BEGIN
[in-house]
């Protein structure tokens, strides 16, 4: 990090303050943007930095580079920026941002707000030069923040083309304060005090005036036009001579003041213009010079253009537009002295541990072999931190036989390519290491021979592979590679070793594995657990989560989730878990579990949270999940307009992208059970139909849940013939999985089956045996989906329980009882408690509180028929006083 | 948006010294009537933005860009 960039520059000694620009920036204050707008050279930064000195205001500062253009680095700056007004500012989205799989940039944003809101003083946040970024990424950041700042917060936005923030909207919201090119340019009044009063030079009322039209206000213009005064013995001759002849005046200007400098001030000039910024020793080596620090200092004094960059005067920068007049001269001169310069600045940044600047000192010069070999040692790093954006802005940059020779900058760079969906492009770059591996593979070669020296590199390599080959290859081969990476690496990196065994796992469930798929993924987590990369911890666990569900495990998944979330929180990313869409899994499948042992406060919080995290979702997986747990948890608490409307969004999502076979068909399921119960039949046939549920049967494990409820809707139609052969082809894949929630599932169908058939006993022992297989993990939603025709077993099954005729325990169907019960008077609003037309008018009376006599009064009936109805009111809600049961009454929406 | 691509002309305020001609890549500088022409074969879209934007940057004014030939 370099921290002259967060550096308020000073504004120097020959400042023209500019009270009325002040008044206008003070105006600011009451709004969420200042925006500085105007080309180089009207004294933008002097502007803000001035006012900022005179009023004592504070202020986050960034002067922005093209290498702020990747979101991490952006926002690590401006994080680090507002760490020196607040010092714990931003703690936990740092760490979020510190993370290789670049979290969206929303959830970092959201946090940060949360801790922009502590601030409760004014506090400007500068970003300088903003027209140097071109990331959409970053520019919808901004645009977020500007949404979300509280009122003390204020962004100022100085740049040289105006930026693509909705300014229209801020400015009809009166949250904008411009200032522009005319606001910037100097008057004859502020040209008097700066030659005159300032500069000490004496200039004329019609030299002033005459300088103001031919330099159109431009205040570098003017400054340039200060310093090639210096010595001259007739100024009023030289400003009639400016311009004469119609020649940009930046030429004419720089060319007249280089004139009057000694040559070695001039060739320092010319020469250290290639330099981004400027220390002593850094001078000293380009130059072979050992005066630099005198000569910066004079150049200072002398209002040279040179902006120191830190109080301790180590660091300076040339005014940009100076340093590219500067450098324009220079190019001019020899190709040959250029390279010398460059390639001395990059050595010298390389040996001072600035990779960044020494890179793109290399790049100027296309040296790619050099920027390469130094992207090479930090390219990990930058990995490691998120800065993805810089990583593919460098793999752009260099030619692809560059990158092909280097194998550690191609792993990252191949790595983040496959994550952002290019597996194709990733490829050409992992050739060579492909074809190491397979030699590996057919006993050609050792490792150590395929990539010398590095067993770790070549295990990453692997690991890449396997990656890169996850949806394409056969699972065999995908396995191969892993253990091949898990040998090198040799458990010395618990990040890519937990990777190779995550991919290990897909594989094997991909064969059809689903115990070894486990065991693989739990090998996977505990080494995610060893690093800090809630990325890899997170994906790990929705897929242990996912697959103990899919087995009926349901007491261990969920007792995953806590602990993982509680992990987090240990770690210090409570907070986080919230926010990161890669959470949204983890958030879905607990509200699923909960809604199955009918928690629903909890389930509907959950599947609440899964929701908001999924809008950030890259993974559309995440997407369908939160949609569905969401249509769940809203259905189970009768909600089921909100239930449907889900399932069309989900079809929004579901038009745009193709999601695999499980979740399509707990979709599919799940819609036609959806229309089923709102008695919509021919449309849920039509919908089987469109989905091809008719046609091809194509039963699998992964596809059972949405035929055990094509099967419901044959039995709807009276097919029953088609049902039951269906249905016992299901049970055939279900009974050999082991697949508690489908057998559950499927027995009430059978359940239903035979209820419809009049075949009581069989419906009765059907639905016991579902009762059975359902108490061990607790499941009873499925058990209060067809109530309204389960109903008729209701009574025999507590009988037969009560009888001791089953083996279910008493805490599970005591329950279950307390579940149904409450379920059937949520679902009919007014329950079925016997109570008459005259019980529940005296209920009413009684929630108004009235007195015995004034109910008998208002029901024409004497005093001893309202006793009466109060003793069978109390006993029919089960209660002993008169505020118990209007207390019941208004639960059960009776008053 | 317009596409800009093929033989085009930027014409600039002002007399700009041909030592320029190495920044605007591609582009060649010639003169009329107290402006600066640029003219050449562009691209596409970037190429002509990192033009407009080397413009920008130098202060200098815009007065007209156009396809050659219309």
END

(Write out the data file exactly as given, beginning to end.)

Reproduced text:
[in-house]
């Protein structure tokens, strides 16, 4: 990090303050943007930095580079920026941002707000030069923040083309304060005090005036036009001579003041213009010079253009537009002295541990072999931190036989390519290491021979592979590679070793594995657990989560989730878990579990949270999940307009992208059970139909849940013939999985089956045996989906329980009882408690509180028929006083 | 948006010294009537933005860009 960039520059000694620009920036204050707008050279930064000195205001500062253009680095700056007004500012989205799989940039944003809101003083946040970024990424950041700042917060936005923030909207919201090119340019009044009063030079009322039209206000213009005064013995001759002849005046200007400098001030000039910024020793080596620090200092004094960059005067920068007049001269001169310069600045940044600047000192010069070999040692790093954006802005940059020779900058760079969906492009770059591996593979070669020296590199390599080959290859081969990476690496990196065994796992469930798929993924987590990369911890666990569900495990998944979330929180990313869409899994499948042992406060919080995290979702997986747990948890608490409307969004999502076979068909399921119960039949046939549920049967494990409820809707139609052969082809894949929630599932169908058939006993022992297989993990939603025709077993099954005729325990169907019960008077609003037309008018009376006599009064009936109805009111809600049961009454929406 | 691509002309305020001609890549500088022409074969879209934007940057004014030939 370099921290002259967060550096308020000073504004120097020959400042023209500019009270009325002040008044206008003070105006600011009451709004969420200042925006500085105007080309180089009207004294933008002097502007803000001035006012900022005179009023004592504070202020986050960034002067922005093209290498702020990747979101991490952006926002690590401006994080680090507002760490020196607040010092714990931003703690936990740092760490979020510190993370290789670049979290969206929303959830970092959201946090940060949360801790922009502590601030409760004014506090400007500068970003300088903003027209140097071109990331959409970053520019919808901004645009977020500007949404979300509280009122003390204020962004100022100085740049040289105006930026693509909705300014229209801020400015009809009166949250904008411009200032522009005319606001910037100097008057004859502020040209008097700066030659005159300032500069000490004496200039004329019609030299002033005459300088103001031919330099159109431009205040570098003017400054340039200060310093090639210096010595001259007739100024009023030289400003009639400016311009004469119609020649940009930046030429004419720089060319007249280089004139009057000694040559070695001039060739320092010319020469250290290639330099981004400027220390002593850094001078000293380009130059072979050992005066630099005198000569910066004079150049200072002398209002040279040179902006120191830190109080301790180590660091300076040339005014940009100076340093590219500067450098324009220079190019001019020899190709040959250029390279010398460059390639001395990059050595010298390389040996001072600035990779960044020494890179793109290399790049100027296309040296790619050099920027390469130094992207090479930090390219990990930058990995490691998120800065993805810089990583593919460098793999752009260099030619692809560059990158092909280097194998550690191609792993990252191949790595983040496959994550952002290019597996194709990733490829050409992992050739060579492909074809190491397979030699590996057919006993050609050792490792150590395929990539010398590095067993770790070549295990990453692997690991890449396997990656890169996850949806394409056969699972065999995908396995191969892993253990091949898990040998090198040799458990010395618990990040890519937990990777190779995550991919290990897909594989094997991909064969059809689903115990070894486990065991693989739990090998996977505990080494995610060893690093800090809630990325890899997170994906790990929705897929242990996912697959103990899919087995009926349901007491261990969920007792995953806590602990993982509680992990987090240990770690210090409570907070986080919230926010990161890669959470949204983890958030879905607990509200699923909960809604199955009918928690629903909890389930509907959950599947609440899964929701908001999924809008950030890259993974559309995440997407369908939160949609569905969401249509769940809203259905189970009768909600089921909100239930449907889900399932069309989900079809929004579901038009745009193709999601695999499980979740399509707990979709599919799940819609036609959806229309089923709102008695919509021919449309849920039509919908089987469109989905091809008719046609091809194509039963699998992964596809059972949405035929055990094509099967419901044959039995709807009276097919029953088609049902039951269906249905016992299901049970055939279900009974050999082991697949508690489908057998559950499927027995009430059978359940239903035979209820419809009049075949009581069989419906009765059907639905016991579902009762059975359902108490061990607790499941009873499925058990209060067809109530309204389960109903008729209701009574025999507590009988037969009560009888001791089953083996279910008493805490599970005591329950279950307390579940149904409450379920059937949520679902009919007014329950079925016997109570008459005259019980529940005296209920009413009684929630108004009235007195015995004034109910008998208002029901024409004497005093001893309202006793009466109060003793069978109390006993029919089960209660002993008169505020118990209007207390019941208004639960059960009776008053 | 317009596409800009093929033989085009930027014409600039002002007399700009041909030592320029190495920044605007591609582009060649010639003169009329107290402006600066640029003219050449562009691209596409970037190429002509990192033009407009080397413009920008130098202060200098815009007065007209156009396809050659219309």